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Staff cuts running into thousands

SECONDARY schools made more than 700 teachers redundant and were unable to replace a further 2,700 because of the funding crisis, a TES survey suggests today.

The results show the Government drastically underestimated staff cuts as heads struggled to balance budgets and implement reforms to cut workload.

These findings, at the start of the new academic year, paint an alarming picture of curriculum cuts, increased class sizes and cancellation of much-needed improvements to buildings.

Tim Dingle, (pictured right) head of The Royal Grammar School in High Wycombe, has pledged pound;15,000 of his salary over five years to ease his school's budget problems. The school also mounted a pound;1 million fundraising campaign to safeguard seven teaching posts.

In East Anglia, one comprehensive is considering charging some pupils for textbooks while another in Essex has introduced a levy of pound;30 per family.

The picture varies widely with some schools taking on staff while others shed them or replace expensive teachers with cheaper ones. The net increase in the estimated number of additional teachers taken on by state secondaries once redundancies and non-replacements are discounted is just 89 while schools can expect 25,000 more pupils, according to government predictions.

The survey by The TES and the Secondary Heads Association indicates that there have been 730 teacher redundancies this year in English secondary schools.

More worryingly, it suggests a further 2,700 teachers and more than 1,150 support staff have left schools and not been replaced because of funding problems.

The survey comes just two months after Tony Blair told MPs that around 500 teachers were being made redundant in primary and secondary schools. The Department for Education and Skills said half the losses were down to falling pupil numbers.

But the TESSHA survey of 480 English state secondaries found that 75 per cent of redundancies and 74 per cent of teachers who were not replaced were in schools with static or rising rolls.

John Dunford, SHA general secretary, said: "The number of jobs lost in secondary schools is a true reflection of the extent of the damage to education in these schools from this year's funding problems.

"Where pupil numbers are not falling this inevitably means larger classes, fewer subjects to choose in GCSE, A-levels and vocational courses and the postponement of essential building work."

The survey shows staff shortages continue to be a problem and indicates that English state secondaries have 1,880 unfilled permanent teacher vacancies. It also suggests that one in six appointments was unsatisfactory.

Heads have told how they were forced to plunge themselves into debt to hold on to staff. One, Dudley Whittaker from Sudbury Upper, Suffolk, has spent all the school's pound;260,000 reserves and held on to a nominal pound;1 to avoid going into the red.

The Beacon school in Banstead, Surrey, said it will send pupils home early every Friday and other schools have had to abandon alternative courses for less able pupils.

In Eastbourne, Ian Jungius, head of Willingdon community school, said:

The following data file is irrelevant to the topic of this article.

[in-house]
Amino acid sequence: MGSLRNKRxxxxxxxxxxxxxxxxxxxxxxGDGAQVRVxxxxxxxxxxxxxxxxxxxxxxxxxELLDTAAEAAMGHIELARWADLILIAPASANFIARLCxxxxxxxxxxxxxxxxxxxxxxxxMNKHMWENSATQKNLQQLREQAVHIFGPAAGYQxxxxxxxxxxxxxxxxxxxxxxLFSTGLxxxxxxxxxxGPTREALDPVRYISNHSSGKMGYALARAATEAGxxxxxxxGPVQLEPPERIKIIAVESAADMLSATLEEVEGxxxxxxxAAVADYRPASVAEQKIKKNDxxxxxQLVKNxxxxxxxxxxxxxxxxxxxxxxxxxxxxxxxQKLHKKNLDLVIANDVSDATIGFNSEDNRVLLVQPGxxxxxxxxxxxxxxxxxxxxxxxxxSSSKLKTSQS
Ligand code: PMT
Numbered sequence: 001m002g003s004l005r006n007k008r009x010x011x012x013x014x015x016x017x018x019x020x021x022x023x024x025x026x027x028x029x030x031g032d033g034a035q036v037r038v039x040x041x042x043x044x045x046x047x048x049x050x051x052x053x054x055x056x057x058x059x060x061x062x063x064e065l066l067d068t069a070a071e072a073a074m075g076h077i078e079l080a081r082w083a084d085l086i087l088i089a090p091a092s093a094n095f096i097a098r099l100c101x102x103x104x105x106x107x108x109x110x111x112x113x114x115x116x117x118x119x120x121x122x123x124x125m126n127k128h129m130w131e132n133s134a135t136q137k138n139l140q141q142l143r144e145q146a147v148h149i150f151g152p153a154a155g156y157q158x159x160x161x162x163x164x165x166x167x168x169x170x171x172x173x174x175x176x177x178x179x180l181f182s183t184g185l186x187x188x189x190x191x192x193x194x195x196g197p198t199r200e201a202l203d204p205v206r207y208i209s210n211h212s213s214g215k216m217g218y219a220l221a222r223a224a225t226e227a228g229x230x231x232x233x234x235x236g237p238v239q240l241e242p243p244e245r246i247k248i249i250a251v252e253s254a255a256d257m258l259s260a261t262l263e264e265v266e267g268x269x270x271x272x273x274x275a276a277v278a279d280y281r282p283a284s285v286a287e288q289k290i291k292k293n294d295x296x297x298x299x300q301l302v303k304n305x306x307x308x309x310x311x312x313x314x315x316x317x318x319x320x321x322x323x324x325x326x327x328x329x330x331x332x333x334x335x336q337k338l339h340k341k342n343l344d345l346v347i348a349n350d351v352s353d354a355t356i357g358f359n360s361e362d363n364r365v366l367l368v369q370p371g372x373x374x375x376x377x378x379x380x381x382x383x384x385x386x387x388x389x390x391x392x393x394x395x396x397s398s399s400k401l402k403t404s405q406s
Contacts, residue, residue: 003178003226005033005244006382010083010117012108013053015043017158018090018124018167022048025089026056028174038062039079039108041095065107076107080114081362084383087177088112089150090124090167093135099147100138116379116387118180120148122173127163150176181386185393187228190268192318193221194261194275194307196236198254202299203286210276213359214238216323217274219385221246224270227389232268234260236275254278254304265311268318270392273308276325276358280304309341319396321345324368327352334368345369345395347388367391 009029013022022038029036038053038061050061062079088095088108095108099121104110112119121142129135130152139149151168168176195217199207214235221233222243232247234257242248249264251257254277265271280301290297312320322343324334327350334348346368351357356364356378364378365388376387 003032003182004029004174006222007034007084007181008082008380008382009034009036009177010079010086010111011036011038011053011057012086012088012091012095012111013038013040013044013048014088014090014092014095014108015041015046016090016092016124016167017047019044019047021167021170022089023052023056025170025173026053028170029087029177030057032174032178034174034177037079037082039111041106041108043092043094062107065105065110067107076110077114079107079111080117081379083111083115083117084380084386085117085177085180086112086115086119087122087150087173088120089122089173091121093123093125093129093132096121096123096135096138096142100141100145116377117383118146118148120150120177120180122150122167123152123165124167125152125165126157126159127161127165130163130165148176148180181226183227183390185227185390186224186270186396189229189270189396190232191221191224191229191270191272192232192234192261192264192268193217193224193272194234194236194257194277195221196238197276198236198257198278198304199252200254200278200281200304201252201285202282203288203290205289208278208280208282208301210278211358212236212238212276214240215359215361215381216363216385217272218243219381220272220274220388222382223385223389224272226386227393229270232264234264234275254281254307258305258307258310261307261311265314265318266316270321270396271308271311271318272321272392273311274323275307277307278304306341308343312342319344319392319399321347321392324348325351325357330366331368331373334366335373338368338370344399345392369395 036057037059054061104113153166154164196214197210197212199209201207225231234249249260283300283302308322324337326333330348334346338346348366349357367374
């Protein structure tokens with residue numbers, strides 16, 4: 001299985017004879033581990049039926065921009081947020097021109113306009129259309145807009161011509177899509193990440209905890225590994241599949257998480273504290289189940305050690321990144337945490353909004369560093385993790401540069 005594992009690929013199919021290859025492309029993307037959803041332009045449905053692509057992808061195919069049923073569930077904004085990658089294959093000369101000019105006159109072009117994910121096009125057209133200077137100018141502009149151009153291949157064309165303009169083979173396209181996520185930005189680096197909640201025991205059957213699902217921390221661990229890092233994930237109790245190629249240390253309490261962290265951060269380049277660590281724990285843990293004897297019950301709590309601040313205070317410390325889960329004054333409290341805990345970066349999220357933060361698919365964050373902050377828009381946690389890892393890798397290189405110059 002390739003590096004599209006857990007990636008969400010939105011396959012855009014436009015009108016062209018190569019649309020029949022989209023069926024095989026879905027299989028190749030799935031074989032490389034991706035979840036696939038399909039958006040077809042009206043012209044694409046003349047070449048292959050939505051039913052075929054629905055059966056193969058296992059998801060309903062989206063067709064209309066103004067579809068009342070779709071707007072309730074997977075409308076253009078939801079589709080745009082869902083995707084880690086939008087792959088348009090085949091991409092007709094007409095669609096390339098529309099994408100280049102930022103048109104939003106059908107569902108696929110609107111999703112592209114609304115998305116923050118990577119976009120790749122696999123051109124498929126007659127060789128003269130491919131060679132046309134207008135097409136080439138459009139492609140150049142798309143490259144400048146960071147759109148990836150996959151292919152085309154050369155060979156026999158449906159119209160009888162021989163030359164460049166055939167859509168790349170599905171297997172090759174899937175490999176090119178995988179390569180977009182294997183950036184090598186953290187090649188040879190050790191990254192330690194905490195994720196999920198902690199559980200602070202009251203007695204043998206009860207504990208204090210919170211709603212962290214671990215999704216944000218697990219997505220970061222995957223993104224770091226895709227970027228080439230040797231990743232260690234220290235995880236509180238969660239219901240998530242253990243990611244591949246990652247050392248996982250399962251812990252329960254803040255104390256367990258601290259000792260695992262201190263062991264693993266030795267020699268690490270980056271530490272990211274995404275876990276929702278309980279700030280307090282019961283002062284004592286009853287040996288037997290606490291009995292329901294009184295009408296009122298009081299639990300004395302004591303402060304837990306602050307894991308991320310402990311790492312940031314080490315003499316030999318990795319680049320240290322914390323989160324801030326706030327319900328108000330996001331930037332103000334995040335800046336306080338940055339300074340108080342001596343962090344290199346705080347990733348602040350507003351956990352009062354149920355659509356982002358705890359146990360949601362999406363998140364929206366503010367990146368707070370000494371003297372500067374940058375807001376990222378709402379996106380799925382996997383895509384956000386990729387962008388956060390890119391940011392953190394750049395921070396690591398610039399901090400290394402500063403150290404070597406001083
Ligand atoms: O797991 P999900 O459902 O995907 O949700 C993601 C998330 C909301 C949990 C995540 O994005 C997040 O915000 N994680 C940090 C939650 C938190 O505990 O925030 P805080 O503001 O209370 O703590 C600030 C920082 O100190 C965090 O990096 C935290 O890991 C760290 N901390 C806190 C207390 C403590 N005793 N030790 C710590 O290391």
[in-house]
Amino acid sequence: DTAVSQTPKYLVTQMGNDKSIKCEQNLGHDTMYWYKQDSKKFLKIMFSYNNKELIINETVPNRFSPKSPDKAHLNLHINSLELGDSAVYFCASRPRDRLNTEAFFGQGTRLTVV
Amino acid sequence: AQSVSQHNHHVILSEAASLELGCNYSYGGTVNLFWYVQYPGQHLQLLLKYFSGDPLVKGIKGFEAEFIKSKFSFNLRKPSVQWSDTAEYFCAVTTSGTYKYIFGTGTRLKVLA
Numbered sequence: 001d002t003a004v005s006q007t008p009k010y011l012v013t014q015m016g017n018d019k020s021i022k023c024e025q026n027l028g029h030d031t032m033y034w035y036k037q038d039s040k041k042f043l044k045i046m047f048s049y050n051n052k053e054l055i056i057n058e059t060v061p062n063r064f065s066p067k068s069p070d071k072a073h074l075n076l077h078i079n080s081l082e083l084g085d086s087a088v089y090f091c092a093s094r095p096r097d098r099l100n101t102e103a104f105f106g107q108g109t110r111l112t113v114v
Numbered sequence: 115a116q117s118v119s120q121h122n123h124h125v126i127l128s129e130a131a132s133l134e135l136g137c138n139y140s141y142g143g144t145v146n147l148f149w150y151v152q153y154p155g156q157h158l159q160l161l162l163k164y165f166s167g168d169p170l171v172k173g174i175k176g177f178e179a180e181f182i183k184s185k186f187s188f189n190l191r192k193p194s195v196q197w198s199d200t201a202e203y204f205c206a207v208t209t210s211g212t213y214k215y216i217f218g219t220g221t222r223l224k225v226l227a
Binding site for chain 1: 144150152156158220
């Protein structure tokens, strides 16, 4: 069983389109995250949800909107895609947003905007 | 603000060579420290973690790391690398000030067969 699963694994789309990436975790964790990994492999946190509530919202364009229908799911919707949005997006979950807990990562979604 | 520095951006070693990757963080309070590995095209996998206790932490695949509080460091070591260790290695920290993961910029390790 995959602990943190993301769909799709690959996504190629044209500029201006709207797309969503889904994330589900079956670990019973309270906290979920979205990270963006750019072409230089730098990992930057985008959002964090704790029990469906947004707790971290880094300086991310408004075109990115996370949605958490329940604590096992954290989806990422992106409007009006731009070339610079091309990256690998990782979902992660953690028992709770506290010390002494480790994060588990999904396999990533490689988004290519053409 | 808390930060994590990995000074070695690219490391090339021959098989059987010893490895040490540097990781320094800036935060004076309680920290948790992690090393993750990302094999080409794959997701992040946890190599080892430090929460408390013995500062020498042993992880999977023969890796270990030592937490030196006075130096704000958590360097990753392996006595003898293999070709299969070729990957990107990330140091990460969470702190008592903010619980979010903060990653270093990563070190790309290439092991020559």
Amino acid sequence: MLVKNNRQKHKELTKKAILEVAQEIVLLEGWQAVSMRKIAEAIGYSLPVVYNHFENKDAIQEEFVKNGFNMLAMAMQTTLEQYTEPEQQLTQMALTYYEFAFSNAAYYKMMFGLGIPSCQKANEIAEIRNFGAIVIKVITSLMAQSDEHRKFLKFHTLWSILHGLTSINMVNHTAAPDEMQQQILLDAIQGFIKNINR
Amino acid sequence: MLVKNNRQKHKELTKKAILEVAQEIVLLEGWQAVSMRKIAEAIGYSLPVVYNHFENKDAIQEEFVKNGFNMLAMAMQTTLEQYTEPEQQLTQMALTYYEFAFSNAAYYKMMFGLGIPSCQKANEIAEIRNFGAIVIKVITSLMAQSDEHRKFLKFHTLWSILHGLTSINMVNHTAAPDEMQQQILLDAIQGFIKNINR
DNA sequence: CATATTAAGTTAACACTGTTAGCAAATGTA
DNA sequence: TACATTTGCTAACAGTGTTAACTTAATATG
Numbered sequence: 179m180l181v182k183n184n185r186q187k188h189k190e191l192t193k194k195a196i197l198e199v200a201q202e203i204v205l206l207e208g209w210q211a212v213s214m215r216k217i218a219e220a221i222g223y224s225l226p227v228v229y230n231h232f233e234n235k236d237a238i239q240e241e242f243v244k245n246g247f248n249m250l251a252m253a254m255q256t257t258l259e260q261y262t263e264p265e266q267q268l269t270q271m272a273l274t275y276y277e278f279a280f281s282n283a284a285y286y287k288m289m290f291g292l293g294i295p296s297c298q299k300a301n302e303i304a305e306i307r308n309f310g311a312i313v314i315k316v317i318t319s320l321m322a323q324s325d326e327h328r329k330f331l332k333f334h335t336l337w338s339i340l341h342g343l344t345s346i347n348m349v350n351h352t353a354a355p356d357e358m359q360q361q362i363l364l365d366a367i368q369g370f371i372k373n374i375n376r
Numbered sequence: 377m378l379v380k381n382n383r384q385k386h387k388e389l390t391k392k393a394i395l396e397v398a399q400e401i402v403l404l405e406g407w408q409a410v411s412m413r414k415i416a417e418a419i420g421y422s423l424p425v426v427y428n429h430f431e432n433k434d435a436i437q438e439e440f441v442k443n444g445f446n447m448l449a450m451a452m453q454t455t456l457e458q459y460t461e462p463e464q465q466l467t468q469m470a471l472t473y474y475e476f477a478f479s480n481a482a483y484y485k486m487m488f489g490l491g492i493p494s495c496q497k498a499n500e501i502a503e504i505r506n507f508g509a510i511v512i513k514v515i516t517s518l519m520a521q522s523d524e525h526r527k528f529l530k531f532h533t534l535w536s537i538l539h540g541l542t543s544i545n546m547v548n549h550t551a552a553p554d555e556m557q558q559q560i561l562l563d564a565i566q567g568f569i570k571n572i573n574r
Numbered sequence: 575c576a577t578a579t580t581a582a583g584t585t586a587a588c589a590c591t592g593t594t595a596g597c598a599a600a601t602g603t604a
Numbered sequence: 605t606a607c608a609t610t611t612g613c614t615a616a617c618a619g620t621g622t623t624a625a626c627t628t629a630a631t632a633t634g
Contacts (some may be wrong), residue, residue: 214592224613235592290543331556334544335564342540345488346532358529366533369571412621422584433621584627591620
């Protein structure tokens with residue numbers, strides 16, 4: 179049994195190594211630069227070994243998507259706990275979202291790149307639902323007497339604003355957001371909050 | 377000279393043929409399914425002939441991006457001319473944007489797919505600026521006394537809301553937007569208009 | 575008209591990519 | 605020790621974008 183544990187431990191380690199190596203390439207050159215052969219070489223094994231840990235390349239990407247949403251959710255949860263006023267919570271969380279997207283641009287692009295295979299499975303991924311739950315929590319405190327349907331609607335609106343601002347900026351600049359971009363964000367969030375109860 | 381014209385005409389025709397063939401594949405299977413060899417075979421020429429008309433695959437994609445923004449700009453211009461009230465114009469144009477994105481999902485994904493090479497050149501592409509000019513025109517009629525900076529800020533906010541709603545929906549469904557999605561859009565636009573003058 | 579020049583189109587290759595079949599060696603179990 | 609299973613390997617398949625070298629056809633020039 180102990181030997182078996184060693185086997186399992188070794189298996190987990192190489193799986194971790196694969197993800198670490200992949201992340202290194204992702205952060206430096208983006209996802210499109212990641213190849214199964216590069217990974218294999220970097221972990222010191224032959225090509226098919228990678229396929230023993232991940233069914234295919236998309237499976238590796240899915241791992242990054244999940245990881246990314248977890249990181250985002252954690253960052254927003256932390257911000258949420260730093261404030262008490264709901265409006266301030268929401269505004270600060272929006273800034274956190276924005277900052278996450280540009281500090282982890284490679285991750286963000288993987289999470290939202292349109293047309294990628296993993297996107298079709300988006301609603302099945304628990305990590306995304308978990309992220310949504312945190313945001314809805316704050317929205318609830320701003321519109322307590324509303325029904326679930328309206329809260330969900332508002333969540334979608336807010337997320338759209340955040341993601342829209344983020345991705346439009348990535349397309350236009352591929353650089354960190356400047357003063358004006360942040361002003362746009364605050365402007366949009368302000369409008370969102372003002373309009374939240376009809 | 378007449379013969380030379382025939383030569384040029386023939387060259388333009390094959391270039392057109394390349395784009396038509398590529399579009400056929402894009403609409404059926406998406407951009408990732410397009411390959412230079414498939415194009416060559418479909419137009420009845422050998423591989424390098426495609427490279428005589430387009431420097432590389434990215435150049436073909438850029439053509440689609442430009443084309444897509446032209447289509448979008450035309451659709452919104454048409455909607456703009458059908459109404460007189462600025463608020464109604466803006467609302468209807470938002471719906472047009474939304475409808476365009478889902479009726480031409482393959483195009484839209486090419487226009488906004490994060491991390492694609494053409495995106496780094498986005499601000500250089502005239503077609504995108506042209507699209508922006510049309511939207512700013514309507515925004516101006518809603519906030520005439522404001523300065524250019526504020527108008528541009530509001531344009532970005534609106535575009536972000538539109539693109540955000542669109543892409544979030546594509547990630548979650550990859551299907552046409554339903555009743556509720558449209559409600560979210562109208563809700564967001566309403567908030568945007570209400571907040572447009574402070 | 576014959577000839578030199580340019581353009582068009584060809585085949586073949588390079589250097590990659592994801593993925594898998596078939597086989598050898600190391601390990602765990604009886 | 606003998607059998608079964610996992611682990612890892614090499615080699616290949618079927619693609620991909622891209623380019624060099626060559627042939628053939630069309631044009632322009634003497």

"Damage is being done to schools now. Promises of 'bread tomorrow' are not acceptable."

Results from the 480 English state secondary schools were used to estimate the picture across the sector. They suggest that the highest number of teaching post cuts have been made in the South-east with around 600, followed by London with around 410 while secondary schools in the West Midlands have experienced the least with 140.

But the South-west is estimated to lead the way in actual teacher redundancies with 164 followed by London with 154. The survey suggests that Yorkshire and Humberside has the fewest with 19.

The cuts will pose a threat to the first phase of the Government's long-awaited school workforce reforms that are supposed to become reality next week. Schools have taken on an extra 3,548 teachers and 4,308 support staff, but many heads warn the changes will be impossible to implement.

But there is some comfort as teacher shortages continue to fall. The tally of 1,880 unfilled posts in state secondaries in England is down from around 3,700 last year and 4,900 the year before. The proportion of unsatisfactory appointments has also fallen - to one in six from almost one in five in 2002.

Mr Dunford said: "The improvement in teacher recruitment is welcome although there are still difficulties in some subjects and in some parts of the country. This year these problems have been overshadowed in many schools by the gravity of the funding crisis."

A spokesman for the Department for Education and Skills said: "This is a very partial survey covering less than one-seventh of secondary schools.

Many of the redundancies are unlikely to be compulsory. At this time of year there are always a lot of schools making staff changes for a wide variety of reasons."

The TESSHA survey also drew responses from private schools, sixth-form colleges and Welsh secondaries.

News, 6 and 7, Leader, 12


2 2,729 teachers and 1,152 support staff not replaced because of lack of funding

* 730 teacher and 301 support staff redundancies

* 1,881 unfilled teacher posts

* 4,246 or 16.6 per cent of teachers appointed were judged unsatisfactory by heads

Figures are estimates for all state secondaries in England based on returns from 480 headteachers surveyed in July

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